While Interop’s not the most nuts-and-bolts conference out there, human stories still tend to take a back seat behind speed stats and deployment breakdowns (on a good day) or buzzy cloud terms (on an average day). Still, it was hard to miss out on one human story breaking at the conference: David Yen, Juniper’s QFabric architect and previously scheduled to be its Interop keynoter, jumped ship to Cisco just before the conference. It was so last minute that all of the printed programs still listed Yen as the speaker.
Michael Kerner’s take sums up what a lot of people were thinking: Juniper’s suffered a serious blow, and Cisco’s likely to be able to take his knowledge and rapidly iterate their own answer to QFabric. Shamus McGillicuddy at SearchNetworking got a more nuanced view from Tom Nolle:
Still, some analysts believe Yen’s departure is more of a gain for Cisco than a loss for Juniper.
“I know and respect David, but Pradeep [Sindu, Juniper CTO] has had the guiding role in Juniper’s activities, especially QFabric,” said Tom Nolle, president of research firm CIMI Corporation. “The underlying semiconductor chipset has long been completed and there is not likely going to be an interruption on the QFabric release.”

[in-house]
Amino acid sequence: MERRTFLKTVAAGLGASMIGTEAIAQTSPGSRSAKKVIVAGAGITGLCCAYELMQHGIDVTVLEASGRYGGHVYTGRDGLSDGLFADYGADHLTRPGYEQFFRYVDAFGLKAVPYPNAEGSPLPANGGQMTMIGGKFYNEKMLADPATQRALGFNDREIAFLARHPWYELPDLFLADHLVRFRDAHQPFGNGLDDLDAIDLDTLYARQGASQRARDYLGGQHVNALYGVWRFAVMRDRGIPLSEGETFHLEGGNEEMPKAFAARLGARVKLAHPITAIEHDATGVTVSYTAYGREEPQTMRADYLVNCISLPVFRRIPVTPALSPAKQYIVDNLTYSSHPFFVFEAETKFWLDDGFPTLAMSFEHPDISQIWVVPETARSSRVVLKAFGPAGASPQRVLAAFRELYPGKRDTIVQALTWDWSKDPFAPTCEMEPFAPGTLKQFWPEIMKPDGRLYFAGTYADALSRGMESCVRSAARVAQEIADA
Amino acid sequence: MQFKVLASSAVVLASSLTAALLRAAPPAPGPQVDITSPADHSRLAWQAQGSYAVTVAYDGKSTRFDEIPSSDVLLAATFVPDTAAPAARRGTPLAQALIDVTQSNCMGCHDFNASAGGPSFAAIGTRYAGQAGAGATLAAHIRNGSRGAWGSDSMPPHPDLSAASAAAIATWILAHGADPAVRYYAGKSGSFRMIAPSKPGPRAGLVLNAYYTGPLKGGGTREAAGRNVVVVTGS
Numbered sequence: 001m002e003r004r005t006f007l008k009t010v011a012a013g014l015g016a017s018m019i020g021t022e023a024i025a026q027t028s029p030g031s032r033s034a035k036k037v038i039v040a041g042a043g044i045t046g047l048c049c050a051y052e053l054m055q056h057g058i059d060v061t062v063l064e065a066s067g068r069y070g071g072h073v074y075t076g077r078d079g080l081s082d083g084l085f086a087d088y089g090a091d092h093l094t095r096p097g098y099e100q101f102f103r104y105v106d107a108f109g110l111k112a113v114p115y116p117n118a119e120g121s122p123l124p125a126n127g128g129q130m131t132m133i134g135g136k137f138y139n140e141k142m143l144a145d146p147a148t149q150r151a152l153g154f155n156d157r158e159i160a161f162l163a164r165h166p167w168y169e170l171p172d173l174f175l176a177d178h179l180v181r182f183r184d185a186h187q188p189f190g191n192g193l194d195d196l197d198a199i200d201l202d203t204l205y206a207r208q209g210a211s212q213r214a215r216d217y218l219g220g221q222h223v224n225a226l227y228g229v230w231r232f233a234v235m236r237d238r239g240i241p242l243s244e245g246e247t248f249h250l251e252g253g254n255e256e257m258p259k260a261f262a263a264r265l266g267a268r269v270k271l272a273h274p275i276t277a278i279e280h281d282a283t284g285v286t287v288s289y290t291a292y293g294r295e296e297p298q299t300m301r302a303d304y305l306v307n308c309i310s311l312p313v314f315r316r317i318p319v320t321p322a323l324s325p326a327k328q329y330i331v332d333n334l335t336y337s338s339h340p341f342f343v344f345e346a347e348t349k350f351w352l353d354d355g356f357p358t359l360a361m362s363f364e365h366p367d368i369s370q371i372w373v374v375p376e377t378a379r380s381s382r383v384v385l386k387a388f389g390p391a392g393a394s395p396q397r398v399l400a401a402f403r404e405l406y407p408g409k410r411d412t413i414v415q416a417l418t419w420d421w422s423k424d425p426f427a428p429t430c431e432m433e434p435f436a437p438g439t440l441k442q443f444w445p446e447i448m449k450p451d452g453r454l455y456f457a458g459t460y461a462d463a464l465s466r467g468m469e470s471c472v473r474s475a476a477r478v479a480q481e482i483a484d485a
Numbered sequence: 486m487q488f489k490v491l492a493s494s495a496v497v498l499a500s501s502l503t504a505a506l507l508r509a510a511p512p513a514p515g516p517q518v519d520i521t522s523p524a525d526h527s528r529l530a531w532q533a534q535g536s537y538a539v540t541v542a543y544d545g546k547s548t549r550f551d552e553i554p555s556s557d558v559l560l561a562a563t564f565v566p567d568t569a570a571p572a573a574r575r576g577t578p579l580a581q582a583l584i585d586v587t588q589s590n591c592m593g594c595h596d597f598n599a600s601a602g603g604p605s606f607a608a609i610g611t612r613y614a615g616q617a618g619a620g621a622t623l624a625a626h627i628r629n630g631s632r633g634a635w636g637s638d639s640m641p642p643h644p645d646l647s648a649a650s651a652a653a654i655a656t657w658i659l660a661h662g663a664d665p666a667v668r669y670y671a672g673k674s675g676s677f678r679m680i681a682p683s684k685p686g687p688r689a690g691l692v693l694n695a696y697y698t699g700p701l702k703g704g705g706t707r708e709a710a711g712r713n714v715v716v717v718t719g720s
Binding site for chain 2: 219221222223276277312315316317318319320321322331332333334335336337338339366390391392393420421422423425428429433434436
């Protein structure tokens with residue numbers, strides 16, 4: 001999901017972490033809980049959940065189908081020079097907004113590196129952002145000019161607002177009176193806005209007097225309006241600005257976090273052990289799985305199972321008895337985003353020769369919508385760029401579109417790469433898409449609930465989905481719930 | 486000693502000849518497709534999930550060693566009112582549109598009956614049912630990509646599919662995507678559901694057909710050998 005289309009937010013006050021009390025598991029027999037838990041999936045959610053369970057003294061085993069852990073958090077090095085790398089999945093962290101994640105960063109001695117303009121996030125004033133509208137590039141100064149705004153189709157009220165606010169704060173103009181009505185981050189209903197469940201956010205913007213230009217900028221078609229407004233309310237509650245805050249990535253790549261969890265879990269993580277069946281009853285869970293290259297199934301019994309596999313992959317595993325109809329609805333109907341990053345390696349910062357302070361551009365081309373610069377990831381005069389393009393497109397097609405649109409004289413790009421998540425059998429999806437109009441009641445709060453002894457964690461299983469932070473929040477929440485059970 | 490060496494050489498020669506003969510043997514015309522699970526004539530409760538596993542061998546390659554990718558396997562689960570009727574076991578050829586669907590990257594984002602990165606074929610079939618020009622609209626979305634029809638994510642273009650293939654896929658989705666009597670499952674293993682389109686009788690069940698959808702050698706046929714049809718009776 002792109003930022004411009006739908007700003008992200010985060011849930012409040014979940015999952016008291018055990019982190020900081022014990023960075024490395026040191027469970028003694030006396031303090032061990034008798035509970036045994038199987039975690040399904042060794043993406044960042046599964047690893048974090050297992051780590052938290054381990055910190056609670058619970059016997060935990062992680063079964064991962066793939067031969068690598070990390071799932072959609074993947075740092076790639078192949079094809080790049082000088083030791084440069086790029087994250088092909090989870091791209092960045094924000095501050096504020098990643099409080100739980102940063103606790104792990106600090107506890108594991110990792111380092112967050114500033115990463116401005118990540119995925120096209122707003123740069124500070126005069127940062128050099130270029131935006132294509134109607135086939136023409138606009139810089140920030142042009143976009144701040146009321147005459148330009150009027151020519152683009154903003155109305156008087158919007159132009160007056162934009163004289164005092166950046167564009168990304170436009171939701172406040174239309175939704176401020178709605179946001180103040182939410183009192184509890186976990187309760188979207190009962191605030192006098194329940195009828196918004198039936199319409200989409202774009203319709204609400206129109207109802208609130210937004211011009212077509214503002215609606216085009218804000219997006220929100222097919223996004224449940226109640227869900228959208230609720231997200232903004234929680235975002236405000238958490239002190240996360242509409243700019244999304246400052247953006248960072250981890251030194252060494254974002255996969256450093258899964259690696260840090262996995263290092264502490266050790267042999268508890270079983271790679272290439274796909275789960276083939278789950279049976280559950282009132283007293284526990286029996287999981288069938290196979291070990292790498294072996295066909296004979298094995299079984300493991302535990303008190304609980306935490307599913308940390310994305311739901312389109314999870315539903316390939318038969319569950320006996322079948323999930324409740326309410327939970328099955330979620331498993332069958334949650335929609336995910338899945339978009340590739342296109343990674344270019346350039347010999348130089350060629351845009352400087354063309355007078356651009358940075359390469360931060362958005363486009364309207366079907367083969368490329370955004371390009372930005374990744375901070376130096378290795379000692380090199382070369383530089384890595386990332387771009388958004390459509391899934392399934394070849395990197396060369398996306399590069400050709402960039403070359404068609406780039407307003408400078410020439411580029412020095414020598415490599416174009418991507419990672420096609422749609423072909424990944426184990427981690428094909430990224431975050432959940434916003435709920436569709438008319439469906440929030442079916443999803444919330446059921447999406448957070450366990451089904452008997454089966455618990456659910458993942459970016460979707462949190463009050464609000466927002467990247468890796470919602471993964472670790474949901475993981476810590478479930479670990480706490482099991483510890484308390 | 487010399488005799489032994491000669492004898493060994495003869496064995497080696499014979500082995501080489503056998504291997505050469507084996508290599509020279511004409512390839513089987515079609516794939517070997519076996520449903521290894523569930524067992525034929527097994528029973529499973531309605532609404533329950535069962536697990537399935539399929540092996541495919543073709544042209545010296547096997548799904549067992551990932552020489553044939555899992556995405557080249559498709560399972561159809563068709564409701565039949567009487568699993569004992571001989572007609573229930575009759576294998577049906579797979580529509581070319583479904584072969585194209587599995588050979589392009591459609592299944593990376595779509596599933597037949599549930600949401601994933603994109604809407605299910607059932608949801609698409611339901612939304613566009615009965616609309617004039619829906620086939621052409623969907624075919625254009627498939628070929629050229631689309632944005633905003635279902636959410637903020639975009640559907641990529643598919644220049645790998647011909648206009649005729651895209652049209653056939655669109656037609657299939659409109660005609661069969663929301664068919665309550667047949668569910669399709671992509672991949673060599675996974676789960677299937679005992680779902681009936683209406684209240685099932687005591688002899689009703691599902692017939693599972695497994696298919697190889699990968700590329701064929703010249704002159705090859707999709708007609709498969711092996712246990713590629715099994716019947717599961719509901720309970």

For Cisco, however, Yen’s deep technology background sends an important message that the company will better focus on tech strategy.
It’s unlikely Yen will bring any Juniper trade secrets Cisco’s way – even if Cisco’s architecture could support whatever technical knowledge he’d bring over, the risk of a crippling lawsuit would be ever present – but he brings something much more valuable and needed by Cisco right now: The ability to turn things around. After John Chambers’ humbling admission that Cisco has been stumbling, it makes sense to bring in a veteran who, in just three years, dramatically raised Juniper’s profile and technical execution, and who had previously helped guide Sun into becoming a respectable enterprise service company.
With Juniper’s QFabric gaining ground and Cisco’s determination to refocus on its core enterprise customers, it looks like HP got its wish for more competition.